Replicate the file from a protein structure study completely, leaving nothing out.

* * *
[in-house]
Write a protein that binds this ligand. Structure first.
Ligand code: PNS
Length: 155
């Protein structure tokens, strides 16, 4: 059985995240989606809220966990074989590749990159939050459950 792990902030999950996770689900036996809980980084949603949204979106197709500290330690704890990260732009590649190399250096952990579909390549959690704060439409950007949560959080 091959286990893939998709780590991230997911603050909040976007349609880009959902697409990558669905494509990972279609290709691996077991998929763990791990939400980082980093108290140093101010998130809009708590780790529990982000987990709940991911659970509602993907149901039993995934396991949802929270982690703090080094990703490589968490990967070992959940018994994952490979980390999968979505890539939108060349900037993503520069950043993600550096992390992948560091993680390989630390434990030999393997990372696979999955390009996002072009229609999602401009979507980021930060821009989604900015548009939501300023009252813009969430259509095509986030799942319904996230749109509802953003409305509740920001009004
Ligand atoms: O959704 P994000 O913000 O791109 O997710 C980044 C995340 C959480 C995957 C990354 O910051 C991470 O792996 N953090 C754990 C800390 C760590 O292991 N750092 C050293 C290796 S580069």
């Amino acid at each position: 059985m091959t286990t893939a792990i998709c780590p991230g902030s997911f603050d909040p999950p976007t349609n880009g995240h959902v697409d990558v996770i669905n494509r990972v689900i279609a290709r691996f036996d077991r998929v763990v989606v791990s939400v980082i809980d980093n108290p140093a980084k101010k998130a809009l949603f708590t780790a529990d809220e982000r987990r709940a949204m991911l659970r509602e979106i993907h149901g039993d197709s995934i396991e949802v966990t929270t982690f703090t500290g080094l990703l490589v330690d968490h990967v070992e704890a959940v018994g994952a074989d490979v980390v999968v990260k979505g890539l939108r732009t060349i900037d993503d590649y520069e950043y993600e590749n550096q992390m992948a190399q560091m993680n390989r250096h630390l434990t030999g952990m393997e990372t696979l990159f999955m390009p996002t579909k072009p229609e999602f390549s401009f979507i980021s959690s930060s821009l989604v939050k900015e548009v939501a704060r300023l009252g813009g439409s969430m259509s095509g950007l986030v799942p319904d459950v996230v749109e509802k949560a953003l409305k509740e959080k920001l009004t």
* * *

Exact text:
[in-house]
Write a protein that binds this ligand. Structure first.
Ligand code: PNS
Length: 155
């Protein structure tokens, strides 16, 4: 059985995240989606809220966990074989590749990159939050459950 792990902030999950996770689900036996809980980084949603949204979106197709500290330690704890990260732009590649190399250096952990579909390549959690704060439409950007949560959080 091959286990893939998709780590991230997911603050909040976007349609880009959902697409990558669905494509990972279609290709691996077991998929763990791990939400980082980093108290140093101010998130809009708590780790529990982000987990709940991911659970509602993907149901039993995934396991949802929270982690703090080094990703490589968490990967070992959940018994994952490979980390999968979505890539939108060349900037993503520069950043993600550096992390992948560091993680390989630390434990030999393997990372696979999955390009996002072009229609999602401009979507980021930060821009989604900015548009939501300023009252813009969430259509095509986030799942319904996230749109509802953003409305509740920001009004
Ligand atoms: O959704 P994000 O913000 O791109 O997710 C980044 C995340 C959480 C995957 C990354 O910051 C991470 O792996 N953090 C754990 C800390 C760590 O292991 N750092 C050293 C290796 S580069």
């Amino acid at each position: 059985m091959t286990t893939a792990i998709c780590p991230g902030s997911f603050d909040p999950p976007t349609n880009g995240h959902v697409d990558v996770i669905n494509r990972v689900i279609a290709r691996f036996d077991r998929v763990v989606v791990s939400v980082i809980d980093n108290p140093a980084k101010k998130a809009l949603f708590t780790a529990d809220e982000r987990r709940a949204m991911l659970r509602e979106i993907h149901g039993d197709s995934i396991e949802v966990t929270t982690f703090t500290g080094l990703l490589v330690d968490h990967v070992e704890a959940v018994g994952a074989d490979v980390v999968v990260k979505g890539l939108r732009t060349i900037d993503d590649y520069e950043y993600e590749n550096q992390m992948a190399q560091m993680n390989r250096h630390l434990t030999g952990m393997e990372t696979l990159f999955m390009p996002t579909k072009p229609e999602f390549s401009f979507i980021s959690s930060s821009l989604v939050k900015e548009v939501a704060r300023l009252g813009g439409s969430m259509s095509g950007l986030v799942p319904d459950v996230v749109e509802k949560a953003l409305k509740e959080k920001l009004t």